Also the “btn” argument that’s passed to the “action” method is a reference to the jQuery object for the <A> “anchor” tag that is contained within the Custom Toolbar Button. This allows you to modify it’s CSS styles or absolute position an element near it, similarly to how the “jHtmlArea.ColorPickerMenu” extension does.

Append the Custom Toolbar Button to the “Default” Toolbar Button Set

You can append any Custom Toolbar Buttons you want to the “Default” Toolbar Button Set if you wish for those Custom Toolbar Buttons to be shown on ALL jHtmlArea editors on the Page. To do this you can just append a new Toolbar Button Group to the “jHtmlArea.defaultOptions.toolbar” array. However, make sure you do this before initializing an instance of jHtmlArea, otherwise the button will not be displayed.

Here’s an example that demonstrates appending a Custom Toolbar Button that  pasted the current days date into the editor when clicked:

jHtmlArea.defaultOptions.toolbar.push([
    {
        // This is how to add a completely custom Toolbar Button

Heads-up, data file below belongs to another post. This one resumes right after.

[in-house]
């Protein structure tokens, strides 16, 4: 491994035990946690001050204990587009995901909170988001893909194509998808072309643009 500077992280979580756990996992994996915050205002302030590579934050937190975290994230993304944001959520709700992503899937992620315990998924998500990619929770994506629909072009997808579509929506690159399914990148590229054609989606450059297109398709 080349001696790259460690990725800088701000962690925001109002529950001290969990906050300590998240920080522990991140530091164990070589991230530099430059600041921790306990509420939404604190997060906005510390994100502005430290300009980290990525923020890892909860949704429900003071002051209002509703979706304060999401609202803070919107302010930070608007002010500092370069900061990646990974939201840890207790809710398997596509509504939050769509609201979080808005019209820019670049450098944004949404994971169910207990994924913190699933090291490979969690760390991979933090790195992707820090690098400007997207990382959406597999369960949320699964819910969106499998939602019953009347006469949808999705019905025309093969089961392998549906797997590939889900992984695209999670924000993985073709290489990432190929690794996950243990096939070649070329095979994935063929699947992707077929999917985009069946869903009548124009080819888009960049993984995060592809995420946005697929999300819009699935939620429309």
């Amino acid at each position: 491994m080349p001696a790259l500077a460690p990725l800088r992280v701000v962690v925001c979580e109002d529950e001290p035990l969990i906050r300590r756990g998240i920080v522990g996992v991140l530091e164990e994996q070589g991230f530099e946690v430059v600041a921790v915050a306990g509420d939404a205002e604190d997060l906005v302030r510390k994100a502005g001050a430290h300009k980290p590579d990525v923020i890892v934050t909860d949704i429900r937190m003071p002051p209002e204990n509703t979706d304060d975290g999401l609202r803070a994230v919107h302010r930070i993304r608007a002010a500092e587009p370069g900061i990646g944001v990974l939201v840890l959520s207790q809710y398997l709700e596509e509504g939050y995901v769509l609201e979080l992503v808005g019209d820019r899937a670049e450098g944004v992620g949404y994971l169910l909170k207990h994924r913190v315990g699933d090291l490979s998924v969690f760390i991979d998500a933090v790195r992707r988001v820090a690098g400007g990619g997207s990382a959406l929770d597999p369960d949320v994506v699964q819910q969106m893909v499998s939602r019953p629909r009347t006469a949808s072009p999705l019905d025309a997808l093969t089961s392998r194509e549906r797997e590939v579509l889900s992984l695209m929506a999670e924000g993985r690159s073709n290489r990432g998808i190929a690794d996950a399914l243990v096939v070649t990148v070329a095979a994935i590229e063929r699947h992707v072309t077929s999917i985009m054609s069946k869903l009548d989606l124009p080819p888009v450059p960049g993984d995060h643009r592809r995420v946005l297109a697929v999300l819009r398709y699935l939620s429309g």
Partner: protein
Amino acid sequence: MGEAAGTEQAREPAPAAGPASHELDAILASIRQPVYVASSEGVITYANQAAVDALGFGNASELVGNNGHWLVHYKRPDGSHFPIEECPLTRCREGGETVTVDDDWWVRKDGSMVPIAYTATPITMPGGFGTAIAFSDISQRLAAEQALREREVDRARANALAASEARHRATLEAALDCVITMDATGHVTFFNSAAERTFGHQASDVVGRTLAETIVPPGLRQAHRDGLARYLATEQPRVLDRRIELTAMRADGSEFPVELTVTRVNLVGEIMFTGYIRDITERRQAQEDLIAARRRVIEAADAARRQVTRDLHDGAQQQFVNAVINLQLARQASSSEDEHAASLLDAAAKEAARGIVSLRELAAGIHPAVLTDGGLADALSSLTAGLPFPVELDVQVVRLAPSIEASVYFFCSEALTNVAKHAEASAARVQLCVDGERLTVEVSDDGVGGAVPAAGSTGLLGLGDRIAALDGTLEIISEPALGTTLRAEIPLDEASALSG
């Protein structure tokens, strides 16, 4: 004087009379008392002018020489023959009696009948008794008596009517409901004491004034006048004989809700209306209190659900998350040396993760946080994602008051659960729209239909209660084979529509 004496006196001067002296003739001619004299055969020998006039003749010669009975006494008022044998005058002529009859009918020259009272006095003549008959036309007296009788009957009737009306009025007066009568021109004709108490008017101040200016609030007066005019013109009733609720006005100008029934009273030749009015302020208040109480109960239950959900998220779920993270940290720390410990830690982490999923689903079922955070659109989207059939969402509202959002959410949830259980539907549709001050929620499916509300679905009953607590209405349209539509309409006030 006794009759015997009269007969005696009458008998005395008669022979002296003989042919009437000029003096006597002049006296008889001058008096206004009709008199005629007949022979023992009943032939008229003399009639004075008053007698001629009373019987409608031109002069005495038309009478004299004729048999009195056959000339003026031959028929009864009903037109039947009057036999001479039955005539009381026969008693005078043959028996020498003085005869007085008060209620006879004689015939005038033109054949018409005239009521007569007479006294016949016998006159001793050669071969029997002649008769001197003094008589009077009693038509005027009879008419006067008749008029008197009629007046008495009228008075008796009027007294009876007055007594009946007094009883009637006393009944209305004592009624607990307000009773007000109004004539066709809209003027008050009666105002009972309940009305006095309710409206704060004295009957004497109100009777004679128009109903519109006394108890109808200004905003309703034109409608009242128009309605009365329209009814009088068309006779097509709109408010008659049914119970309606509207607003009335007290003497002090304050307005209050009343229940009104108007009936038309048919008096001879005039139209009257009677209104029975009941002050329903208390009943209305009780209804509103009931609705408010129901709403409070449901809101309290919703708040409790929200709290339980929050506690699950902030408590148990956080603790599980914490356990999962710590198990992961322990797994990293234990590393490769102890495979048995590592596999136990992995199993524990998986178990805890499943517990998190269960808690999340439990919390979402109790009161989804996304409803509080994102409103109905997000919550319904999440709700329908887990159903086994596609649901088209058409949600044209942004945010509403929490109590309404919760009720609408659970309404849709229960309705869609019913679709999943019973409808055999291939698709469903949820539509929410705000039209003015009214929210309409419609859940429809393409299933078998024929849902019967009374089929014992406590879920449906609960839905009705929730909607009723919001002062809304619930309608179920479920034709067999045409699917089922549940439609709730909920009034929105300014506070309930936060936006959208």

css: "datebutton",
        text: "Today's Date",
        action: function(btn) {
            // 'this' = jHtmlArea object
            // 'btn' = jQuery object that represents the <A> "anchor" tag for the Toolbar Button

            var m_names = new Array("January", "February", "March", "April", "May", "June", "July", "August", "September", "October", "November", "December");

            var d = new Date();
            var curr_date = d.getDate();
            var curr_month = d.getMonth();
            var curr_year = d.getFullYear();
            this.pasteHTML(m_names[curr_month] + " " + curr_date + ", " + curr_year);
        }
    }
]);